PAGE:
The potager’s exterior border (south half)

Lastly, the potager’s exterior border, which didn’t get as many tulips as in prior years, partly because I ran out of tulip bulbs, and partly because the irises are taking up more and more space. Tulips bloom a bit later here. The Front Garden and Deck Garden have the benefit of heat gathered from the brick house. The potager is out in the open and unsheltered, which also means it is visited more often by deer and rabbits. So far (knock wood) this year’s tulips have not been nibbled, but I won’t hold my breath. There were 13 deer in the back area a few days ago, until I ran out and clapped my hands to scare them away. Most of the tulips are the late “Dordogne” back along the fence, which haven’t opened yet. But, the border looks full and lush, so I probably won’t make any changes other than to divide some of the daffodils that bloomed earlier and are getting too thick, and maybe move some irises later on.

So, that’s the tulip evaluation for this year. I’ll be re-reading this before I place the bulb order in late summer, and giving it more thought as I look through the catalogs. Have you evaluated your bulbs yet? I encourage you to do so, if only to take a really close look at the beauty of these amazing spring flowers, and to marvel at the wonders of each intricate bloom! Happy Spring!


About carolee

A former professional herb and lavender grower, now just growing for joy in my new potager. When I'm not in the garden, I'm in the kitchen, writing, or traveling to great gardens.
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10 Responses to Spring is surging; time to evaluate the tulips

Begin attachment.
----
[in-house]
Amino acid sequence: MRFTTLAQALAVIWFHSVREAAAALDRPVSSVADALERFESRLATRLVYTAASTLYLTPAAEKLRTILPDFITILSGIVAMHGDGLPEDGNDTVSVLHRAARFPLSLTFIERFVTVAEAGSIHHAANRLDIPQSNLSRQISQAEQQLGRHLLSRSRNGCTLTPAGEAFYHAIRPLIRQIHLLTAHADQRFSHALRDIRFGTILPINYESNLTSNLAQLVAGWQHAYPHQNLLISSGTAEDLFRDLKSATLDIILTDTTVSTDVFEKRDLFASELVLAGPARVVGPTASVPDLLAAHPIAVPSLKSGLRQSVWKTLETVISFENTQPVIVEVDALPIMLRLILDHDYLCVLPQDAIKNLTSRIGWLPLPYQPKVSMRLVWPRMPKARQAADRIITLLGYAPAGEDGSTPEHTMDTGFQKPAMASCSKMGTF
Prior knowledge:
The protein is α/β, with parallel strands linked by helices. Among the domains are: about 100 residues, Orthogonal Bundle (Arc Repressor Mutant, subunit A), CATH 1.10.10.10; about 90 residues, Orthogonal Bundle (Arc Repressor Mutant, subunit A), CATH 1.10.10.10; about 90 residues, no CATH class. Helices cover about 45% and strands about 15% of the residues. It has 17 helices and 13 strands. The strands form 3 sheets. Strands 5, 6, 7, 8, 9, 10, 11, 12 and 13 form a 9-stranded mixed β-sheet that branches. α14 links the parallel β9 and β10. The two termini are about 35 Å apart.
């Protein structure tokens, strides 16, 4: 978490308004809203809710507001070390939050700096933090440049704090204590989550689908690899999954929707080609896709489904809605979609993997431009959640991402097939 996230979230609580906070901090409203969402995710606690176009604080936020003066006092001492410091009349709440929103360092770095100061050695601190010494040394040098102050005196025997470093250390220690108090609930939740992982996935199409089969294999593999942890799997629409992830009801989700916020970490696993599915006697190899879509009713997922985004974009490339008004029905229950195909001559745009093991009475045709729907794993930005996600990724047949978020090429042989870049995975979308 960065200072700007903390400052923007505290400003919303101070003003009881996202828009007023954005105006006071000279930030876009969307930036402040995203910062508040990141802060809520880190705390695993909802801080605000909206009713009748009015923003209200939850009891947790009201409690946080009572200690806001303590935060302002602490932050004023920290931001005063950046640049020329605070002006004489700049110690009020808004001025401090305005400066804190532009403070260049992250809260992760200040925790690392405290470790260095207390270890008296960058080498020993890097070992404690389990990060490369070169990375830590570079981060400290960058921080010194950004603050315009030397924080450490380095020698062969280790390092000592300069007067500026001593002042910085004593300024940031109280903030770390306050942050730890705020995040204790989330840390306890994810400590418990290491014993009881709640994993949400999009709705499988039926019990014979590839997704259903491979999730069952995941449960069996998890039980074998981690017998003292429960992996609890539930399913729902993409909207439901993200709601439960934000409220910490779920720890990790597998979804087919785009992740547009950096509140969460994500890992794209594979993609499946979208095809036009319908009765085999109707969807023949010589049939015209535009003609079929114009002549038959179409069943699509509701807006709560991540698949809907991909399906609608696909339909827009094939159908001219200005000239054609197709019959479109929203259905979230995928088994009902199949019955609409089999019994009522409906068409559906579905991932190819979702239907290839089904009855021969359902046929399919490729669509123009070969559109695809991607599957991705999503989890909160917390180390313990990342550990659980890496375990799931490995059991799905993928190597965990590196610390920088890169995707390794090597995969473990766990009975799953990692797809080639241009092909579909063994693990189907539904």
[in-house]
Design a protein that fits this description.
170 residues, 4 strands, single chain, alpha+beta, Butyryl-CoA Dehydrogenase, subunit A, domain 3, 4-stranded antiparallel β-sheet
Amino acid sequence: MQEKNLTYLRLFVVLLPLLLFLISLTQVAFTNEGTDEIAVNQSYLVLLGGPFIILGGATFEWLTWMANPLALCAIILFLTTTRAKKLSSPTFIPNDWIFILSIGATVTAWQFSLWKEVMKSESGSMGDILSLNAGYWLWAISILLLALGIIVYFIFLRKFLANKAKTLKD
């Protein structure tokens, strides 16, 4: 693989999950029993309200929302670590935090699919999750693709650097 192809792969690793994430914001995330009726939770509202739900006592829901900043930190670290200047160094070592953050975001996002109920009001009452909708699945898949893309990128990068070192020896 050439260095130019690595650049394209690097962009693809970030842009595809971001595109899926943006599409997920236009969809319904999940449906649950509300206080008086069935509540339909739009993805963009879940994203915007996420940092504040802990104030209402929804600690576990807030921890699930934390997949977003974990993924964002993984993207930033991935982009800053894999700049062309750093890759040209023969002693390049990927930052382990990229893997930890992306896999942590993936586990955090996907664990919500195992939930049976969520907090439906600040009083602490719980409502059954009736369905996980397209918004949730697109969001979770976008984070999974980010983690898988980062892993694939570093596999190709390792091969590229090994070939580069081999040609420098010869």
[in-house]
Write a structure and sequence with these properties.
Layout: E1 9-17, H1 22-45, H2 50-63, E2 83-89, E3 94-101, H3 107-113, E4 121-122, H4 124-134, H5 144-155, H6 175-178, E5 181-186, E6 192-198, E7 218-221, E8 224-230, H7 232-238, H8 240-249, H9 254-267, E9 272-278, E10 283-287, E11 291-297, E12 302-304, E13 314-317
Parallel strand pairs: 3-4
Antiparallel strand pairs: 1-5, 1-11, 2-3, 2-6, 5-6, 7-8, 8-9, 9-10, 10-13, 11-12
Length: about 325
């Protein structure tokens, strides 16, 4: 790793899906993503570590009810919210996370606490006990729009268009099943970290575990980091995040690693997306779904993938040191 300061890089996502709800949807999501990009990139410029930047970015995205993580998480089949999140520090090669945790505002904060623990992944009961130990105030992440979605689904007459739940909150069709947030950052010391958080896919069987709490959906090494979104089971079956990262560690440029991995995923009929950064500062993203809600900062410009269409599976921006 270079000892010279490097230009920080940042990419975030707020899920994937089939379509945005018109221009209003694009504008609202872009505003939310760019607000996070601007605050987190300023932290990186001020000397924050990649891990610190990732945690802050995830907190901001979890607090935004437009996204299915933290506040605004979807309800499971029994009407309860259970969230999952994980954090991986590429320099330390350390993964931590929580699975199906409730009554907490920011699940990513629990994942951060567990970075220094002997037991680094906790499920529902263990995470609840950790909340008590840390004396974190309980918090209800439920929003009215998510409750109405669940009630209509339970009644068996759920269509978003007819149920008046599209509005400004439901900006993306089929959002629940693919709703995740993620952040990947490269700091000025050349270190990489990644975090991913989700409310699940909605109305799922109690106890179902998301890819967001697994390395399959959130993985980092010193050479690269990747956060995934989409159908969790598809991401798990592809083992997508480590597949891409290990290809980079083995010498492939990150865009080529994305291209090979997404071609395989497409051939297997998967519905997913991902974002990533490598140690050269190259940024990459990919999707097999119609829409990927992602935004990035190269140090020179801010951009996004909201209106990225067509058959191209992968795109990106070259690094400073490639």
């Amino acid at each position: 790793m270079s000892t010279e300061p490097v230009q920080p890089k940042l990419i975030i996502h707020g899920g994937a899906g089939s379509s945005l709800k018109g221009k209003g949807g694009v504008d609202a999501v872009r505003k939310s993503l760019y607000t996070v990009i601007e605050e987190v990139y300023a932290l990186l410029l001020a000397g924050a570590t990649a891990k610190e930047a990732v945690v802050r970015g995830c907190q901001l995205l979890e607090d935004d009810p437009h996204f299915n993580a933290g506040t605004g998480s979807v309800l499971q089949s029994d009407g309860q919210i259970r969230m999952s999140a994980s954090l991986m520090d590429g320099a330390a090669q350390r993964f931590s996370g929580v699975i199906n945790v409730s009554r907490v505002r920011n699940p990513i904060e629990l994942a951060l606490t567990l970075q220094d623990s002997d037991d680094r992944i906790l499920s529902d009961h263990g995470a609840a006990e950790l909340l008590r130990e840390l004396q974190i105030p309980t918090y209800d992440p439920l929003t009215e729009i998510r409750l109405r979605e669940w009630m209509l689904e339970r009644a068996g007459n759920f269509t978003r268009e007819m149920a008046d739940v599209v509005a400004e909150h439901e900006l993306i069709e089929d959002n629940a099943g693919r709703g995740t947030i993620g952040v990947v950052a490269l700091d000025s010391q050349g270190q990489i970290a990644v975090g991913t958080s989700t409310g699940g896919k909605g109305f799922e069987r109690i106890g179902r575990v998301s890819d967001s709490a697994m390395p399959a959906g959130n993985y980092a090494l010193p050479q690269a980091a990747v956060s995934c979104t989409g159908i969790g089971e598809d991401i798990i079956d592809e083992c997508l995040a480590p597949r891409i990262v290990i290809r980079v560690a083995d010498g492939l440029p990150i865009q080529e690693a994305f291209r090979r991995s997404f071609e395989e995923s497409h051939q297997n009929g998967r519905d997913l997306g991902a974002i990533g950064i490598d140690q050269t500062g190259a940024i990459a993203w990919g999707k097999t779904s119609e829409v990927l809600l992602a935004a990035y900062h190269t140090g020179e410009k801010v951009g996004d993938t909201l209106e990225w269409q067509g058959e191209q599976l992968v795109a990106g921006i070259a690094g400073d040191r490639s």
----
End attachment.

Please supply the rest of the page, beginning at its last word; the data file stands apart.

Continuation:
1. What a feast for the eyes! And what a lot of dedication! 😊
    The spring here has also brought us a lot of colours that we don’t usually see at the same time. It has also brought us some heavy frost that has created a lot of damage for the fruit trees after the unusual high temperatures of the last few weeks….😟


    • carolee says:

      Sad about the fruit trees, and the same thing is about to happen here. Freeze warning for the next three nights, and possibly 4″ snow. Just when all the fruit trees are gorgeous with bloom. I’ll cover my currants and gooseberries, and the strawberry beds that are blooming, but the trees are too big. Also going to throw cover over the just beginning asparagus. Last year a freeze got too much of it! Thanks for reading and taking the time to comment.


  2. Going Batty in Wales says:

    Those look beautiful but I am with you in preferring the clumps to the ribbon planting. We have had sharp frosts every night for over w week and it has knocked everything back.


  3. Gwen Lantz says:

    I am enjoying all your photos. I especially like how your deck bed is looking. So beautiful!


  4. Beautiful and generous plantings! I actually really like the front garden border, it’s exuberant and naturalist looking! But the clumps look good too.


    • carolee says:

      I’ve been looking at them more, from different angles and distances. Beginning to think I rather like having different styles, at least this year. Also thinking…there’s sure going to be a lot of deadheading soon!!!

      Liked by 1 person

  5. I’m not sure if it’s because I rarely have a plan, but I think I’m most happy with clumps too, Carolee. Ribbons do look nice in formal garden settings, but I truly love “splashes” of color and interest. To be honest, I’m often surprised by what opens in any given spot…but I love surprises.

    ‘Blushing Lady’ is a real beauty. Your garden is always very pleasing to the eye.


    • carolee says:

      I’ve had some tulip surprises this year…a yellow with red streaks that I didn’t order, and a beautiful soft apricot that I’d love to have 100 of!!! Sounds like you are having a wonderful trip down south!

      Liked by 1 person